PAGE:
Skins and feathers are as cruel as fur, the fashion industry is told

Last Updated: June 15, 2024By

Making Fashion More Ethical: Copenhagen’s Bold Move

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Copenhagen fashion week just dropped a bombshell: they’re giving exotic skins and feathers the boot from their catwalks next year. It’s a game-changer in the fashion world, and folks like Yvonne Taylor from Peta are raising their glasses to that. “Cheers to Copenhagen for setting the bar high! Now it’s time for other fashion big shots to step up.”

Venetia La Manna, a champion of fair fashion, is nodding in agreement. “This proves that big players in fashion can make big moves when they’re pushed.”

But hey, let’s not start the victory dance just yet. Sure, smaller fashion weeks like Stockholm and Melbourne have already made similar calls, and brands like Burberry and Chanel are on board too. But let’s face it, it’s gonna take a while for everyone to see exotic skins and feathers in the same light as fur.

Just a month ago, the catwalks of New York, London, Paris, and Milan were practically a bird sanctuary, with feathers everywhere. And don’t even get me started on the red carpets during awards season!

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While exotic animal skins haven’t seen a crazy surge in popularity, there was one design that stole the spotlight: the Millionaire Speedy bag. Pharrell Williams cooked up this baby for Louis Vuitton, made from crocodile skin, and slapped a cool $1 million price tag on it. According to Collective Fashion Justice, saltwater crocodile skins are like gold in the fashion world, and luxury brands like Hermès and Louis Vuitton are all over it.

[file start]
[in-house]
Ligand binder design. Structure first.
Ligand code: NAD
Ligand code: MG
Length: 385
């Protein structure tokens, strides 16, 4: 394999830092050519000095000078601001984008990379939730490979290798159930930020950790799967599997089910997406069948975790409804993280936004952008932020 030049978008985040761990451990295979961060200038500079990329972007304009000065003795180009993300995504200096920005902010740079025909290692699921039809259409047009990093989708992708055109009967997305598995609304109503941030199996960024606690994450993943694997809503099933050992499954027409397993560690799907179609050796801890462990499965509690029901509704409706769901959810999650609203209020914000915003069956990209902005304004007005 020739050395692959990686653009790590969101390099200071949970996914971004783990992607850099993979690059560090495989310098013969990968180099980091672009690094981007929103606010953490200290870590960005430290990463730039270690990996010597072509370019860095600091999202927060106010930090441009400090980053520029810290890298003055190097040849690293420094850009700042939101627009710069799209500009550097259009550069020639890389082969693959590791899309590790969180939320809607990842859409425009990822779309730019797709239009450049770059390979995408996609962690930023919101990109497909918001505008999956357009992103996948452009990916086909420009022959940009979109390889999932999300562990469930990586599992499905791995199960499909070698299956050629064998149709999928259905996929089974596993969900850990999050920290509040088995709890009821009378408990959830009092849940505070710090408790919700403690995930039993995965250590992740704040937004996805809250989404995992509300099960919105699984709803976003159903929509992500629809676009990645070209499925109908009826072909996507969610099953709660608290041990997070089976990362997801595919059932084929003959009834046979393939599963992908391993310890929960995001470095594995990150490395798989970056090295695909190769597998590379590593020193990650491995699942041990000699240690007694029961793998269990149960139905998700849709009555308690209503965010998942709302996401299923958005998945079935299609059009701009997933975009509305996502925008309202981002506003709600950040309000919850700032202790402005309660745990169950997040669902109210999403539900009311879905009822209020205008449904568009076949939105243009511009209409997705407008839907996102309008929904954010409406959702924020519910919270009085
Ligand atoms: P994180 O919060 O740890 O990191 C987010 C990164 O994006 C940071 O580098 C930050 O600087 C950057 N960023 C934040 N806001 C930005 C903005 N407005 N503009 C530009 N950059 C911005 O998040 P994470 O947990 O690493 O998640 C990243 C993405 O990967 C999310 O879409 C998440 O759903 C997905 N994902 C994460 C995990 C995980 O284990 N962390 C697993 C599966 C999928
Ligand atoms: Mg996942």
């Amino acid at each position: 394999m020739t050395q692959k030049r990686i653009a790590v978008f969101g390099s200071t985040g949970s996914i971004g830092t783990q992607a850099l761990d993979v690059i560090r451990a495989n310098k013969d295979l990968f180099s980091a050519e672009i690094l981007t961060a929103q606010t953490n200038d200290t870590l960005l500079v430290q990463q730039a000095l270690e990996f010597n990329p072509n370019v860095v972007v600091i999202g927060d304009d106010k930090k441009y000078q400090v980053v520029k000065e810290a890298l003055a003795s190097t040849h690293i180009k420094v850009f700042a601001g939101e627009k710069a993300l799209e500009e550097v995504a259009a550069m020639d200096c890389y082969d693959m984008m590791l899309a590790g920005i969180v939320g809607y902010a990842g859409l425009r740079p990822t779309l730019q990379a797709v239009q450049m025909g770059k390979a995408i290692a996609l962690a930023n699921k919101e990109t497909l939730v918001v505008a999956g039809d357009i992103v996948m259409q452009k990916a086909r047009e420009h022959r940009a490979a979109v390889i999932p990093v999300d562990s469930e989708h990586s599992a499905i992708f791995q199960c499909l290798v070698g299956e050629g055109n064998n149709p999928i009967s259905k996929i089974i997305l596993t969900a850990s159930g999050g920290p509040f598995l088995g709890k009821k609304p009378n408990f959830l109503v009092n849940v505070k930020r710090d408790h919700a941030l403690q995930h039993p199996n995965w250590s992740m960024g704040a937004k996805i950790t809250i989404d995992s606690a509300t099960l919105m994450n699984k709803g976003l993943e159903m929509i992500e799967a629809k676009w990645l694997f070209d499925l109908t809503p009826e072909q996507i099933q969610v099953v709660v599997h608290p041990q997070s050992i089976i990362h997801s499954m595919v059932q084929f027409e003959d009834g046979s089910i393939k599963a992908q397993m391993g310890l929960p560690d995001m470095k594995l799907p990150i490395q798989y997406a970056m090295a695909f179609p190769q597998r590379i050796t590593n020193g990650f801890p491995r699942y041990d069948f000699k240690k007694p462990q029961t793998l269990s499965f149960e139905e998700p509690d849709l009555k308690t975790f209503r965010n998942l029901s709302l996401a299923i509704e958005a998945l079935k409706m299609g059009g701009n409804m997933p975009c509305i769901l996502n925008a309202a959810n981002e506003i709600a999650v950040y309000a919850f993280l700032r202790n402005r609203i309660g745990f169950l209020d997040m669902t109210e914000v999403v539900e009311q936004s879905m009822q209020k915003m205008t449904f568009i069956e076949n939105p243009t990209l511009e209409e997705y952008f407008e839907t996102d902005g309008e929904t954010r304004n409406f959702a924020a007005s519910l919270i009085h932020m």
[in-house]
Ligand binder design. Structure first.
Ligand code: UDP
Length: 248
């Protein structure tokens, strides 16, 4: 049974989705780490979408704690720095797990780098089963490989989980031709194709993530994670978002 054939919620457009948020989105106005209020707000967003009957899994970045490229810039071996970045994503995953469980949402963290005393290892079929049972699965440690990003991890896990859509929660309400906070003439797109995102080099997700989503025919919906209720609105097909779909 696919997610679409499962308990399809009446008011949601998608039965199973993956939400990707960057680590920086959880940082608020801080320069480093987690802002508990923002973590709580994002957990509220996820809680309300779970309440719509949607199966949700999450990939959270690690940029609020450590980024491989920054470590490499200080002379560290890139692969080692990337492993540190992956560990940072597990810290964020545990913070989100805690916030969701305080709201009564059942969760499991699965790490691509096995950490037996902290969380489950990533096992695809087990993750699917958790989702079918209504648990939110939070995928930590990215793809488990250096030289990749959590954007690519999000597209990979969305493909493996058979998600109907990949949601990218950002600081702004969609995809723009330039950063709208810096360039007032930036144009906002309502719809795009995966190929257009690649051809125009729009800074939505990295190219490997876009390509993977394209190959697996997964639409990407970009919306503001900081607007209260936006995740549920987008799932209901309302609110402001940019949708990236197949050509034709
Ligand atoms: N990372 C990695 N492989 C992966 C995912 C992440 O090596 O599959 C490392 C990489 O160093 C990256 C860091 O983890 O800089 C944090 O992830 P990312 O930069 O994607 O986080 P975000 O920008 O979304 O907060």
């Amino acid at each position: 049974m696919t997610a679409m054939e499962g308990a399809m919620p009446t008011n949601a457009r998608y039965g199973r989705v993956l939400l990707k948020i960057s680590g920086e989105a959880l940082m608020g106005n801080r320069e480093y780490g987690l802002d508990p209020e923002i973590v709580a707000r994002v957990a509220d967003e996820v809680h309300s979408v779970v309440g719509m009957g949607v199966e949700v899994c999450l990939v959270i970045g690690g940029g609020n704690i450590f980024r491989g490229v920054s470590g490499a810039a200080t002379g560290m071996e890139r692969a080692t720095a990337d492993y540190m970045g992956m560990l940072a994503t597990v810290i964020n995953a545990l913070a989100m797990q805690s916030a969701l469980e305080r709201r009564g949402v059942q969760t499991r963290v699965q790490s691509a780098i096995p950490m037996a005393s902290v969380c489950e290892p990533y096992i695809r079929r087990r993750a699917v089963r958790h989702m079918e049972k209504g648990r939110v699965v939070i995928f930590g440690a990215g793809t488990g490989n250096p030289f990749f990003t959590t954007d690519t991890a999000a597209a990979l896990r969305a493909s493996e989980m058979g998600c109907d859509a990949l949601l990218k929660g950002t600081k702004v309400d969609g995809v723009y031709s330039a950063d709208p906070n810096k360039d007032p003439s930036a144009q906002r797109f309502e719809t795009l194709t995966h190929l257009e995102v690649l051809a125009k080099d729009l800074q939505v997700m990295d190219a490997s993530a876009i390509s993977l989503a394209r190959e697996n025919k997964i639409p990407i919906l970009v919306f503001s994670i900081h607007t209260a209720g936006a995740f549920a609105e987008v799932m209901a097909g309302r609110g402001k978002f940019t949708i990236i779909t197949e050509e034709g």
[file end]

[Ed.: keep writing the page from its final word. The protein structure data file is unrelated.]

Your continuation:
Fur has been getting the boot from the fashion world thanks to years of hard work by animal rights activists. Most big luxury brands have waved goodbye to fur, and London fashion week formally kicked it to the curb back in December.

But Emma Håkansson from Collective Fashion Justice says we’re still not seeing the whole picture. While the industry has agreed that killing animals for fashion is a no-go, the cruelty in feather supply chains, especially with ostriches, hasn’t hit home yet.

There’s a lack of awareness. “Most folks don’t connect feathers with cruelty,” says Håkansson.

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But let’s get real here. Peta’s Yvonne Taylor paints a grim picture of what goes down in these supply chains: snakes pumped with air or water while they’re still kicking, lizards getting a rough decapitation, and crocodiles and alligators meeting brutal ends.

One big problem? Fashion tends to hide the animal side of things. Håkansson’s group teamed up with World Animal Protection to convince Copenhagen fashion week to make this move. She showed people a dress with ostrich feather trimmings, and most didn’t even realize what they were looking at. Same goes for retailers like Asos and Boohoo, who’ve been passing off real feathers as fake.

Putting cruelty aside, even if people know feathers and exotic skins come from animals, there’s a disconnect. “We ignore the realities of what goes into our clothes,” says La Manna.

And let’s not forget the emotional barrier. “It’s hard for people to see a reptile as sentient like a fluffy mammal,” says Håkansson.

But while fur was making strides, it’s taken a step back. “Cool girls” are bringing fur back in a big way, thanks to trends like the mob wife look. TikTok’s buzzing with tips on rocking your grandma’s fur, and designers are eating it up.

And the industry’s pushing the idea that fur and leather are “natural,” unlike synthetic materials. But Håkansson points out they’re not so eco-friendly once they’re processed.

Maybe it’s all part of a bigger picture. Sustainability was the talk of the town a few years back, but now it’s taken a backseat. Håkansson thinks we’re just tired of it all, slipping back into our old capitalist ways.

But let’s not lose hope. Change takes time, and we’ve gotta be in it for the long haul.

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